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Different scheduling in place at DHS, HHS; programs are in place to aid transfer students

MICHAEL KIRAL / L’Observateur / August 14, 1998

LULING – Block scheduling is one of the growing trends in education, allowing more time for instruction while reducing the amount of stress both teachers and students face during a school day. Common sense woulddictate that it is easier to prepare for four courses a day rather than six.

Both Destrehan High School and Hahnville High School went to the block form of scheduling before the 1995-96 school year although the two went different routes in implementing their schedules.

“Each school was given the opportunity to research and exam different forms of block scheduling,” Ray Poplus, director of instructional support, said. “They looked at different models and looked at what would bestservice their citizens.”Interested faculty members at both schools began to accumulate information from schools throughout the United States that have implemented block schedules. Consultants from different areas of thecountry came to St. Charles Parish to make presentations. Administrators,parents and teachers made on-site visits to various schools to view the different forms of block scheduling and its advantages and disadvantages.

A survey was then given to the faculty to see if members felt their was a need to change the form of scheduling. The majority at both schoolssupported the idea.

In Destrehan’s 4 x 4 block schedule, the school day is divided into four instructional blocks of time, 90 minutes each, and the school year is divided into two semesters. During the first semester students areenrolled in four courses which meet daily. At the end of the fall semester,students receive credit for each course successfully completed and enroll in four additional courses for the spring semester. Report cards are issuedevery four and one-half weeks.

Hahnville went to a modified AB form of block scheduling. Students attendfour 90-minute classes three days a week and four different classes twice a week. For example, a student would take periods 1, 3, 5 and 7 onMonday, Wednesday and Friday and 2, 4, 6 and 8 on Tuesday in week one and vice versa the following week.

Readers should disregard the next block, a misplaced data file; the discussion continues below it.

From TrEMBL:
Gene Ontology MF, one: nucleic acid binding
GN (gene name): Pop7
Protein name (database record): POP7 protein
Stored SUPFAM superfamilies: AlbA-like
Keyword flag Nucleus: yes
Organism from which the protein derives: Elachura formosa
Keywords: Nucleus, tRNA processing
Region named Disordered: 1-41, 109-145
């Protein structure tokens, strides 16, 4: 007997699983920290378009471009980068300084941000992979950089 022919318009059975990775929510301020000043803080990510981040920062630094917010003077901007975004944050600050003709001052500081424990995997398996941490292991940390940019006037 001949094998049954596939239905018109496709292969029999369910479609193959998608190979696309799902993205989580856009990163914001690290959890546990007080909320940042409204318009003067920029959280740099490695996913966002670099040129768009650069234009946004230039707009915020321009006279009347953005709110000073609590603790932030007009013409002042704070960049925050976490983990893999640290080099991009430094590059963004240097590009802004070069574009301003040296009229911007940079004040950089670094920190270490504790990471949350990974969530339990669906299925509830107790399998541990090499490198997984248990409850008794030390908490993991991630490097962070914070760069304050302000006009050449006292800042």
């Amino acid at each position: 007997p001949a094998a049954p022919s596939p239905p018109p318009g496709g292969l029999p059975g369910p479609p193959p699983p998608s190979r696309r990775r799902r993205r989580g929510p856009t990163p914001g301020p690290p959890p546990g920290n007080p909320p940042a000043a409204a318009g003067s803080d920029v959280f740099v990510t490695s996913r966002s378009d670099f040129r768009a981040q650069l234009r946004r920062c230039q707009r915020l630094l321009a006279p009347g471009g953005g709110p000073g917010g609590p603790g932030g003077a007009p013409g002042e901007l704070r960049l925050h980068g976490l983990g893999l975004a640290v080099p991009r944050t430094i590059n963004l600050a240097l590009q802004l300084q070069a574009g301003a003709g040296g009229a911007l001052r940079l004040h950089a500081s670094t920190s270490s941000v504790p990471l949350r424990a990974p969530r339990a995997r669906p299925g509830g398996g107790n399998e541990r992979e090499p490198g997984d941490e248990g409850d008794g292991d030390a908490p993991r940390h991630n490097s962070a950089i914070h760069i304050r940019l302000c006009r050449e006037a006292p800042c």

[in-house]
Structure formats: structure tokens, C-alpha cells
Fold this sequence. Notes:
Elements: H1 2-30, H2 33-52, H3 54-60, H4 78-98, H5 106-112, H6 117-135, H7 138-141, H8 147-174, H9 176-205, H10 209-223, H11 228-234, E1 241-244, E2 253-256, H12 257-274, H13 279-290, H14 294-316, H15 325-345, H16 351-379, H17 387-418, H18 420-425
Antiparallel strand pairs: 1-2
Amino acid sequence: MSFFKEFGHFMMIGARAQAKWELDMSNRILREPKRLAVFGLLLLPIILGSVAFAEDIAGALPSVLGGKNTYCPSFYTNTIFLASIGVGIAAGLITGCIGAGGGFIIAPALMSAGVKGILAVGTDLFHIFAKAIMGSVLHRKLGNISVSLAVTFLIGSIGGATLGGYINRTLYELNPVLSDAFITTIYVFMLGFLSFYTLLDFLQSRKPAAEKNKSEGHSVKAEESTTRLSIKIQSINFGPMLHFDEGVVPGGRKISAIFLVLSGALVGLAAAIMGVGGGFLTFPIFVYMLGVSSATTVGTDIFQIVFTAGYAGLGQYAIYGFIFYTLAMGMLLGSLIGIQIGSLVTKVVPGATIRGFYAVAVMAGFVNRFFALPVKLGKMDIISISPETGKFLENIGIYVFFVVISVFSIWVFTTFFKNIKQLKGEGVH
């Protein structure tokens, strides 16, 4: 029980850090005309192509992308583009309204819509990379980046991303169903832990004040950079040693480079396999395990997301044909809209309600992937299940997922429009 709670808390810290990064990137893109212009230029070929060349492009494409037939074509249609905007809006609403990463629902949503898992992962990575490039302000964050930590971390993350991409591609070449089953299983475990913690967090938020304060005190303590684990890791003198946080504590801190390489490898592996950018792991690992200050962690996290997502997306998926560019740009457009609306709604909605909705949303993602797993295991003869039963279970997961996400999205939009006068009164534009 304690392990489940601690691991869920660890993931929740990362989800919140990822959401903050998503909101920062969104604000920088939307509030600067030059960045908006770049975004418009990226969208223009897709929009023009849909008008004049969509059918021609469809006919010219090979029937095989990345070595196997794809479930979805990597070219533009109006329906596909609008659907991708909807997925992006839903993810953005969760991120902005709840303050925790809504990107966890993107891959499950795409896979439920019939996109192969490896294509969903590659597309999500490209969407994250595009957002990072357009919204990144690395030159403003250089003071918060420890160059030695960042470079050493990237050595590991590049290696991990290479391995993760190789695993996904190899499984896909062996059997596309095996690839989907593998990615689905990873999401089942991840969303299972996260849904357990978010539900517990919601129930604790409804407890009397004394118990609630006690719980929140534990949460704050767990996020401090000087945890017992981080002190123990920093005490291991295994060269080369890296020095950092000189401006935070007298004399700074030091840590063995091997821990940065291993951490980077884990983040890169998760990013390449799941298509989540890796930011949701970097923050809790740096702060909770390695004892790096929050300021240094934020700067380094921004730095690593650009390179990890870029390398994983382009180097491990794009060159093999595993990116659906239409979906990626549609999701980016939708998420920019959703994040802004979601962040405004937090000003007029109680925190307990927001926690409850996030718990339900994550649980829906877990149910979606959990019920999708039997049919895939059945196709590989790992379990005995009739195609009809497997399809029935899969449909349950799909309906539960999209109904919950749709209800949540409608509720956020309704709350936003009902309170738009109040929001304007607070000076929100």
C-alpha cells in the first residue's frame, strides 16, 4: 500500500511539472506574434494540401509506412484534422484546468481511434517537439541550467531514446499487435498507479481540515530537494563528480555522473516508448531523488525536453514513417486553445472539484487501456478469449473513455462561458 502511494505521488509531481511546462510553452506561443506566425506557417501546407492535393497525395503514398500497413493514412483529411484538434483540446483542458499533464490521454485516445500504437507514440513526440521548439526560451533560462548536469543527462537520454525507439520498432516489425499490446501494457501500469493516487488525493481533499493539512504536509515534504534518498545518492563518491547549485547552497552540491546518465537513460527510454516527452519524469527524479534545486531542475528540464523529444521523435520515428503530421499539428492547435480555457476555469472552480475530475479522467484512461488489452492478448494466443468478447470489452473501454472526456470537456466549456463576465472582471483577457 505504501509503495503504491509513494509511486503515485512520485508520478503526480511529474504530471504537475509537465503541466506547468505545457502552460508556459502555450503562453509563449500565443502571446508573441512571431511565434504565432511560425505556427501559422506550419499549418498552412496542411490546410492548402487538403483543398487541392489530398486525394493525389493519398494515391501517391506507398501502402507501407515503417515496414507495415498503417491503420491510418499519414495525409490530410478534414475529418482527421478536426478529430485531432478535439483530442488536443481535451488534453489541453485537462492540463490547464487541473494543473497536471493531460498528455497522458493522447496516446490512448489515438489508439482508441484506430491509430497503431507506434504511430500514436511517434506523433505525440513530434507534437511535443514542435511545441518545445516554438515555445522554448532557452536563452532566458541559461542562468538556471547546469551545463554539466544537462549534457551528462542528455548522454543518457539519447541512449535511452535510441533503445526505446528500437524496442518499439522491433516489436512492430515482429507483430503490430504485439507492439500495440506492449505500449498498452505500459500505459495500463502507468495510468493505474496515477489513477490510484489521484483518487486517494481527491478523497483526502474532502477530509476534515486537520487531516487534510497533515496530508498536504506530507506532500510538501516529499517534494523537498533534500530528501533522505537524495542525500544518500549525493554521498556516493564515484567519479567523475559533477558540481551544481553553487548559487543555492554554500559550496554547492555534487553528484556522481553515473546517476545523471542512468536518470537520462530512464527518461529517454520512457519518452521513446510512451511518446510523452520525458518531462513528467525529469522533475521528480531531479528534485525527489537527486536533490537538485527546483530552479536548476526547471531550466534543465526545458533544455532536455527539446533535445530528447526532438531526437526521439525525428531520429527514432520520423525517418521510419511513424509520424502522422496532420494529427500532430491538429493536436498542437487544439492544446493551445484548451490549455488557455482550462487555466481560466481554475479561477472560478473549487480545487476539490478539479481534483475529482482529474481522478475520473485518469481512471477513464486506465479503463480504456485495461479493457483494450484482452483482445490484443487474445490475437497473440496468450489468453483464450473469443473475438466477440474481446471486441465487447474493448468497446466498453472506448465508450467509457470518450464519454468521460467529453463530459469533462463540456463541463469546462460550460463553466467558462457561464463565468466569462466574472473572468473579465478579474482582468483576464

The goal of the alternative form of scheduling is to broaden educational opportunities of the students by creating an environment that promotes positive relationships and improves the quality of instruction. It promotesstudent success by focusing on fewer classes at one time, decreasing interruptions to the instructional day and creating a sense of professional renewal among the staff.

The staff at both schools felt there was a need to make a change in the type of scheduling in order to help relieve the stress for both students and teachers. The change in scheduling also allows for the implementation ofnew techniques and strategies for instruction requiring longer blocks of instructional time. The longer classes allow teachers to use a variety oflearning techniques such as performance based education, field experiences, cooperative learning and social studies simulations.

“The main reason was to provide larger sessions of instructional time where students will be more actively involved in the lesson,” Poplus said.

Poplus pointed to science labs where under the old 50-minute period schedule, there was limited time for a student to conduct an experiment, write a report and draw conclusions. He also pointed to health andphysical education where by the time the students got dressed out and allowing for time for them to dress back in at the end of the period, there was little time for actual instruction.

Other benefits include students being responsible for doing homework for fewer classes per day, enabling them to produce higher quality work; more time for reteaching and more time for teachers to meet for staff development.

Transfer students at Destrehan High School are handled through the Advancement and Exit Center in the WICAT Lab. Incoming transfer studentsare interviewed by a counselor who will administer a pre-test to determine the level of the student in the four major disciplines (math, English, social studies and science) and assess the student’s need to be caught up to the level of the class in which he/she is enrolling. Thestudent will then be given independent study packets as needed and sent to the WICAT Lab to work on them under the supervision of the WICAT coordinator.

The Advancement and Exit Center is also available to students transferring from Destrehan to other schools. The counselor will contactthe receiving school and obtain the student’s new schedule. If it appearsthe student will need to progress to a different level in the receiving school, the student will be given the option of the independent study packets. They will also be administered proficiency tests so that they canleave with credit in their appropriate subjects. Those who leave atmidterm will leave with four Carnegie units.

“With more schools nationwide and in the state going to block scheduling, we have had no problems with students losing credits as a result of transfers,” Poplus said.

Poplus said he sees the schools continuing to go the route of block scheduling in the future.

“Both are currently experiencing success with the schedule and plan to continue it,” Poplus said.